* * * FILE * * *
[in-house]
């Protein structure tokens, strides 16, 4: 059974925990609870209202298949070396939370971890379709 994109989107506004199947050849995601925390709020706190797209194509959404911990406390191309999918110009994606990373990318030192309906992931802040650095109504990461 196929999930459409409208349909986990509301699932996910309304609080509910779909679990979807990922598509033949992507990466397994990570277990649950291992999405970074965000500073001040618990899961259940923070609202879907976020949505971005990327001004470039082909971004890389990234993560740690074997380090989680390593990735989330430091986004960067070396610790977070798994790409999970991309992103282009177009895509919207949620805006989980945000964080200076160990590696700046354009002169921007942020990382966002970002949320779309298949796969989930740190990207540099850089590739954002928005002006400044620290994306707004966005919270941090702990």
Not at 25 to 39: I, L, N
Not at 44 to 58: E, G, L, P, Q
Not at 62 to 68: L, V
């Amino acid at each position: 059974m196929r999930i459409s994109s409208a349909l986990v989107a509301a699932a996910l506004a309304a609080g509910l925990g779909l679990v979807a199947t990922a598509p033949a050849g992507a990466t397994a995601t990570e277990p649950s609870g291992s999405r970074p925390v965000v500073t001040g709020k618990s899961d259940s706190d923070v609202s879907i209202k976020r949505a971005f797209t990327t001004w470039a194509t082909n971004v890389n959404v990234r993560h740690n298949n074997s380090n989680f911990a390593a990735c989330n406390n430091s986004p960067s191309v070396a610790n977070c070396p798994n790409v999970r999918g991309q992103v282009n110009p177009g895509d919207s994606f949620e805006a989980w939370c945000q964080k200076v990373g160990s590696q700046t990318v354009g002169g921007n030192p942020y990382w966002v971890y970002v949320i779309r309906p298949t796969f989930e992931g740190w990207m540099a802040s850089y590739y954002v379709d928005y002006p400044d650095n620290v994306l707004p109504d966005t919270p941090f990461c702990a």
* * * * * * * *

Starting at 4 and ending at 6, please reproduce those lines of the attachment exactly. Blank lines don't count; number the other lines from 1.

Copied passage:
Not at 44 to 58: E, G, L, P, Q
Not at 62 to 68: L, V
């Amino acid at each position: 059974m196929r999930i459409s994109s409208a349909l986990v989107a509301a699932a996910l506004a309304a609080g509910l925990g779909l679990v979807a199947t990922a598509p033949a050849g992507a990466t397994a995601t990570e277990p649950s609870g291992s999405r970074p925390v965000v500073t001040g709020k618990s899961d259940s706190d923070v609202s879907i209202k976020r949505a971005f797209t990327t001004w470039a194509t082909n971004v890389n959404v990234r993560h740690n298949n074997s380090n989680f911990a390593a990735c989330n406390n430091s986004p960067s191309v070396a610790n977070c070396p798994n790409v999970r999918g991309q992103v282009n110009p177009g895509d919207s994606f949620e805006a989980w939370c945000q964080k200076v990373g160990s590696q700046t990318v354009g002169g921007n030192p942020y990382w966002v971890y970002v949320i779309r309906p298949t796969f989930e992931g740190w990207m540099a802040s850089y590739y954002v379709d928005y002006p400044d650095n620290v994306l707004p109504d966005t919270p941090f990461c702990a």